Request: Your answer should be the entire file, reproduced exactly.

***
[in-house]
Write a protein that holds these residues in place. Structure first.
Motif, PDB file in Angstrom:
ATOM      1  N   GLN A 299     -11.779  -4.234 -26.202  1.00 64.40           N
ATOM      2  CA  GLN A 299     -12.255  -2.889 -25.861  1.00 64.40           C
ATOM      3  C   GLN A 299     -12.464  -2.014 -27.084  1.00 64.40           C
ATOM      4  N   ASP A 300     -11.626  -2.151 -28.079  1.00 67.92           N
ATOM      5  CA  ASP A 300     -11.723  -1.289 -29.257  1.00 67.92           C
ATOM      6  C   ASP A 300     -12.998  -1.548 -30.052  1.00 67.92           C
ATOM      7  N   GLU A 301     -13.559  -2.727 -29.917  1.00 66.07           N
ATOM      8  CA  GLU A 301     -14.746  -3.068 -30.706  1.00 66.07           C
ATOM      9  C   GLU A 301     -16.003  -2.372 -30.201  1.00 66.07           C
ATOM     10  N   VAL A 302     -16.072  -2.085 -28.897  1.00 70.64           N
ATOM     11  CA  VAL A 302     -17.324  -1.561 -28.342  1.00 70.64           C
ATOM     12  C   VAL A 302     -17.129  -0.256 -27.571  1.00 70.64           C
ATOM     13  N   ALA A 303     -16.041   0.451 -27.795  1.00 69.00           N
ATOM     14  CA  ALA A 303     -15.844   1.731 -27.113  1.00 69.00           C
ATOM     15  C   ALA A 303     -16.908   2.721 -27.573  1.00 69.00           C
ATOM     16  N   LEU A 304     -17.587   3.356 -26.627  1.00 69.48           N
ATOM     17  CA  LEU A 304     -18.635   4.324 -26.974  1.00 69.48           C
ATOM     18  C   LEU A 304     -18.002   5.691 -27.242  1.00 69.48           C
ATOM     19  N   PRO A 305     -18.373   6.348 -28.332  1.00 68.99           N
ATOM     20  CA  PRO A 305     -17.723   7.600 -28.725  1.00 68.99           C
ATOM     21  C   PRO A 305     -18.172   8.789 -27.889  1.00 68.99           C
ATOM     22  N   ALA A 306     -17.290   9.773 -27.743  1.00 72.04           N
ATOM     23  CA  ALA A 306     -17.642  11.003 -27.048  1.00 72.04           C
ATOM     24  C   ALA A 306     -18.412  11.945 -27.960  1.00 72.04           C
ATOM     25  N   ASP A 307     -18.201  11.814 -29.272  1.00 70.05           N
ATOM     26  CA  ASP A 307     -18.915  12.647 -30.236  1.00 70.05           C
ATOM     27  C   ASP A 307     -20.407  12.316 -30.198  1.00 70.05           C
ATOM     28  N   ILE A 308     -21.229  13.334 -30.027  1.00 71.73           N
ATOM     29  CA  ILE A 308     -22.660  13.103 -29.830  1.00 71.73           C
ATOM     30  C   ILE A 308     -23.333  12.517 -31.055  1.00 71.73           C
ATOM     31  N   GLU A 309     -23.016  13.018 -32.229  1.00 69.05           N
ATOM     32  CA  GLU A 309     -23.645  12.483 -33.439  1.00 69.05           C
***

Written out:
[in-house]
Write a protein that holds these residues in place. Structure first.
Motif, PDB file in Angstrom:
ATOM      1  N   GLN A 299     -11.779  -4.234 -26.202  1.00 64.40           N
ATOM      2  CA  GLN A 299     -12.255  -2.889 -25.861  1.00 64.40           C
ATOM      3  C   GLN A 299     -12.464  -2.014 -27.084  1.00 64.40           C
ATOM      4  N   ASP A 300     -11.626  -2.151 -28.079  1.00 67.92           N
ATOM      5  CA  ASP A 300     -11.723  -1.289 -29.257  1.00 67.92           C
ATOM      6  C   ASP A 300     -12.998  -1.548 -30.052  1.00 67.92           C
ATOM      7  N   GLU A 301     -13.559  -2.727 -29.917  1.00 66.07           N
ATOM      8  CA  GLU A 301     -14.746  -3.068 -30.706  1.00 66.07           C
ATOM      9  C   GLU A 301     -16.003  -2.372 -30.201  1.00 66.07           C
ATOM     10  N   VAL A 302     -16.072  -2.085 -28.897  1.00 70.64           N
ATOM     11  CA  VAL A 302     -17.324  -1.561 -28.342  1.00 70.64           C
ATOM     12  C   VAL A 302     -17.129  -0.256 -27.571  1.00 70.64           C
ATOM     13  N   ALA A 303     -16.041   0.451 -27.795  1.00 69.00           N
ATOM     14  CA  ALA A 303     -15.844   1.731 -27.113  1.00 69.00           C
ATOM     15  C   ALA A 303     -16.908   2.721 -27.573  1.00 69.00           C
ATOM     16  N   LEU A 304     -17.587   3.356 -26.627  1.00 69.48           N
ATOM     17  CA  LEU A 304     -18.635   4.324 -26.974  1.00 69.48           C
ATOM     18  C   LEU A 304     -18.002   5.691 -27.242  1.00 69.48           C
ATOM     19  N   PRO A 305     -18.373   6.348 -28.332  1.00 68.99           N
ATOM     20  CA  PRO A 305     -17.723   7.600 -28.725  1.00 68.99           C
ATOM     21  C   PRO A 305     -18.172   8.789 -27.889  1.00 68.99           C
ATOM     22  N   ALA A 306     -17.290   9.773 -27.743  1.00 72.04           N
ATOM     23  CA  ALA A 306     -17.642  11.003 -27.048  1.00 72.04           C
ATOM     24  C   ALA A 306     -18.412  11.945 -27.960  1.00 72.04           C
ATOM     25  N   ASP A 307     -18.201  11.814 -29.272  1.00 70.05           N
ATOM     26  CA  ASP A 307     -18.915  12.647 -30.236  1.00 70.05           C
ATOM     27  C   ASP A 307     -20.407  12.316 -30.198  1.00 70.05           C
ATOM     28  N   ILE A 308     -21.229  13.334 -30.027  1.00 71.73           N
ATOM     29  CA  ILE A 308     -22.660  13.103 -29.830  1.00 71.73           C
ATOM     30  C   ILE A 308     -23.333  12.517 -31.055  1.00 71.73           C
ATOM     31  N   GLU A 309     -23.016  13.018 -32.229  1.00 69.05           N
ATOM     32  CA  GLU A 309     -23.645  12.483 -33.439  1.00 69.05           C